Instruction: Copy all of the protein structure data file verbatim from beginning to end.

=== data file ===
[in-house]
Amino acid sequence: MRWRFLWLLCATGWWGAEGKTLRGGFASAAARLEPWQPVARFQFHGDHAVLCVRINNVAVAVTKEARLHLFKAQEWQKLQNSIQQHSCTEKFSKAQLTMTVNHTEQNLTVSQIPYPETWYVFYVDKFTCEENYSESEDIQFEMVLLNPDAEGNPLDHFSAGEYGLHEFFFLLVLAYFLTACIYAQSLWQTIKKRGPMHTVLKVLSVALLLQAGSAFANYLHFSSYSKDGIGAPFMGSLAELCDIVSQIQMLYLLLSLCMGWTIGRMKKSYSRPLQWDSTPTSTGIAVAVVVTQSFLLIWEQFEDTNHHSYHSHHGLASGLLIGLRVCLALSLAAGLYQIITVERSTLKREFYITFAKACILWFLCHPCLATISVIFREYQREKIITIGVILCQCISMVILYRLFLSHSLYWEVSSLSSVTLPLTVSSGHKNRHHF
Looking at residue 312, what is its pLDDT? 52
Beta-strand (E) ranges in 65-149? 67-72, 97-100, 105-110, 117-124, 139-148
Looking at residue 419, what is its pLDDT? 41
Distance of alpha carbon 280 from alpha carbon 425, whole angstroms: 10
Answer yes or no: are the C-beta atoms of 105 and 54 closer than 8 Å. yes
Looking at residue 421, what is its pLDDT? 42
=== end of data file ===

[in-house]
Amino acid sequence: MRWRFLWLLCATGWWGAEGKTLRGGFASAAARLEPWQPVARFQFHGDHAVLCVRINNVAVAVTKEARLHLFKAQEWQKLQNSIQQHSCTEKFSKAQLTMTVNHTEQNLTVSQIPYPETWYVFYVDKFTCEENYSESEDIQFEMVLLNPDAEGNPLDHFSAGEYGLHEFFFLLVLAYFLTACIYAQSLWQTIKKRGPMHTVLKVLSVALLLQAGSAFANYLHFSSYSKDGIGAPFMGSLAELCDIVSQIQMLYLLLSLCMGWTIGRMKKSYSRPLQWDSTPTSTGIAVAVVVTQSFLLIWEQFEDTNHHSYHSHHGLASGLLIGLRVCLALSLAAGLYQIITVERSTLKREFYITFAKACILWFLCHPCLATISVIFREYQREKIITIGVILCQCISMVILYRLFLSHSLYWEVSSLSSVTLPLTVSSGHKNRHHF
Looking at residue 312, what is its pLDDT? 52
Beta-strand (E) ranges in 65-149? 67-72, 97-100, 105-110, 117-124, 139-148
Looking at residue 419, what is its pLDDT? 41
Distance of alpha carbon 280 from alpha carbon 425, whole angstroms: 10
Answer yes or no: are the C-beta atoms of 105 and 54 closer than 8 Å. yes
Looking at residue 421, what is its pLDDT? 42